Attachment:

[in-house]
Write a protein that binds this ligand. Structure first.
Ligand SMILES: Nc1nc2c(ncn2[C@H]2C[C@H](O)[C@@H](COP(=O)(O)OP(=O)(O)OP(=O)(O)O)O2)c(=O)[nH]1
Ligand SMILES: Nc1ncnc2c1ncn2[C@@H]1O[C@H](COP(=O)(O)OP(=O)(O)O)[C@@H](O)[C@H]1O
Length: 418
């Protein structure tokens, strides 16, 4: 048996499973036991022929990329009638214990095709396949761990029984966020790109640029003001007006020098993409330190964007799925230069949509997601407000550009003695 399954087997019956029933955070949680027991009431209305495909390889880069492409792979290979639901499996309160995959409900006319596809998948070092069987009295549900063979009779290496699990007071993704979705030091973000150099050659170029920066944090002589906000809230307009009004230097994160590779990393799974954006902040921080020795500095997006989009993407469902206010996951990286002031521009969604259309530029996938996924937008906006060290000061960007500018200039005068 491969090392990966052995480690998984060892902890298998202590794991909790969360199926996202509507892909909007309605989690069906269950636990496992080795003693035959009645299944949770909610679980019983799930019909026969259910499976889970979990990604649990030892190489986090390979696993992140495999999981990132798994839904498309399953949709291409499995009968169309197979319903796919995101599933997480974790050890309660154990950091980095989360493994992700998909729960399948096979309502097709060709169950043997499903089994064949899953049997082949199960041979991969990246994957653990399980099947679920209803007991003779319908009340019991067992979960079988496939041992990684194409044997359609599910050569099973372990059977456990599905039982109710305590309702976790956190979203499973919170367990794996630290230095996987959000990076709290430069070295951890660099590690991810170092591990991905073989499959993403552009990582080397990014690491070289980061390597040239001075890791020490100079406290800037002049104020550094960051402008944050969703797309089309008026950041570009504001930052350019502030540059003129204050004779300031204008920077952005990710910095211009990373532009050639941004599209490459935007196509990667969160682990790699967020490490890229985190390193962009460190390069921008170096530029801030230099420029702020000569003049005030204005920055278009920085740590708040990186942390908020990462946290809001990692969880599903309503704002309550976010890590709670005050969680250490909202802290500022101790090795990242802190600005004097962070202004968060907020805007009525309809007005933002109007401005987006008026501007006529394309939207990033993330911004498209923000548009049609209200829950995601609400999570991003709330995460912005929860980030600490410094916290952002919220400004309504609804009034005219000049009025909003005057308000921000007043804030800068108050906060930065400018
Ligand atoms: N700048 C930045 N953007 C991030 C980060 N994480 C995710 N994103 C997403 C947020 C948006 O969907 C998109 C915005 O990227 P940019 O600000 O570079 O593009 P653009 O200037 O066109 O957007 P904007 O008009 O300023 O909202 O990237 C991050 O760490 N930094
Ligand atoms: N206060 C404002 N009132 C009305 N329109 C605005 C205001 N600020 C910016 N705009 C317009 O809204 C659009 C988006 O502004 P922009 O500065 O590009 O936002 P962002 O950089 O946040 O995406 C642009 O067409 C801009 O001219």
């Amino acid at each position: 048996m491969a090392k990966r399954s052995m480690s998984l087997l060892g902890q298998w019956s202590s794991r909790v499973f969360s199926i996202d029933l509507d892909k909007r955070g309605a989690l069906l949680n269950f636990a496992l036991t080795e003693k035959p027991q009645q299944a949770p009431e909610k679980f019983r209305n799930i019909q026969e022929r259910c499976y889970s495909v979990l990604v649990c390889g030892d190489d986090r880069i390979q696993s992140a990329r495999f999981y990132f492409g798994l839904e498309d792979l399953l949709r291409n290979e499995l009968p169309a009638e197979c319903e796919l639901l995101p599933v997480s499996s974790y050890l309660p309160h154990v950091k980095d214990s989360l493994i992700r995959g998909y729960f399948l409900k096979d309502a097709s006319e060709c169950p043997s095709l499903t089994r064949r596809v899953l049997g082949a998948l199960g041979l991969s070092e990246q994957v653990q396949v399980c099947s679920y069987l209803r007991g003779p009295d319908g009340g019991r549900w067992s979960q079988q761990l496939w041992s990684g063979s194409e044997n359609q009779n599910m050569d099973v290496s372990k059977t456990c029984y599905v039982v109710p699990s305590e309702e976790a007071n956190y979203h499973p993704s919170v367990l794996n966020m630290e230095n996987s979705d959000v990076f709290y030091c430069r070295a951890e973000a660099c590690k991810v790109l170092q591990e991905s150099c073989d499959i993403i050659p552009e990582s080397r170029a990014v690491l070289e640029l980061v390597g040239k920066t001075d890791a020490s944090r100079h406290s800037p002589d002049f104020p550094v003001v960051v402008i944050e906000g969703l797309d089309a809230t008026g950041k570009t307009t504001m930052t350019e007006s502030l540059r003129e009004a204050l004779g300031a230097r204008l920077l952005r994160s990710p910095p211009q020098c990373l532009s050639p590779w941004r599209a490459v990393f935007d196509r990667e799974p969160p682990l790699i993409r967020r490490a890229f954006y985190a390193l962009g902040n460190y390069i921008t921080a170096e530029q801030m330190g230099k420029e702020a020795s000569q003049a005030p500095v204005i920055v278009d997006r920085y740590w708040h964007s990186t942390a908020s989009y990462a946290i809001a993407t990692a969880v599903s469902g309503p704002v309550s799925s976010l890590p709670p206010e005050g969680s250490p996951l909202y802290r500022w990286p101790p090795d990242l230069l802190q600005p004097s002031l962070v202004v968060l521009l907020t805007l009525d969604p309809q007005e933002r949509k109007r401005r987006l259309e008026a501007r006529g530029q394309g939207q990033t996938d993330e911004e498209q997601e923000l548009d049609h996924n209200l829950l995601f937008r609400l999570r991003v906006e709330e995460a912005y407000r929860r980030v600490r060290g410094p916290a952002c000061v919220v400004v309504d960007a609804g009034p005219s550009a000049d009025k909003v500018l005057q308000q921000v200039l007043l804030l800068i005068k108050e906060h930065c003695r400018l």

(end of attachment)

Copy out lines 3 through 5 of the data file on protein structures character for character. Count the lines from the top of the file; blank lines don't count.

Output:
Ligand SMILES: Nc1nc2c(ncn2[C@H]2C[C@H](O)[C@@H](COP(=O)(O)OP(=O)(O)OP(=O)(O)O)O2)c(=O)[nH]1
Ligand SMILES: Nc1ncnc2c1ncn2[C@@H]1O[C@H](COP(=O)(O)OP(=O)(O)O)[C@@H](O)[C@H]1O
Length: 418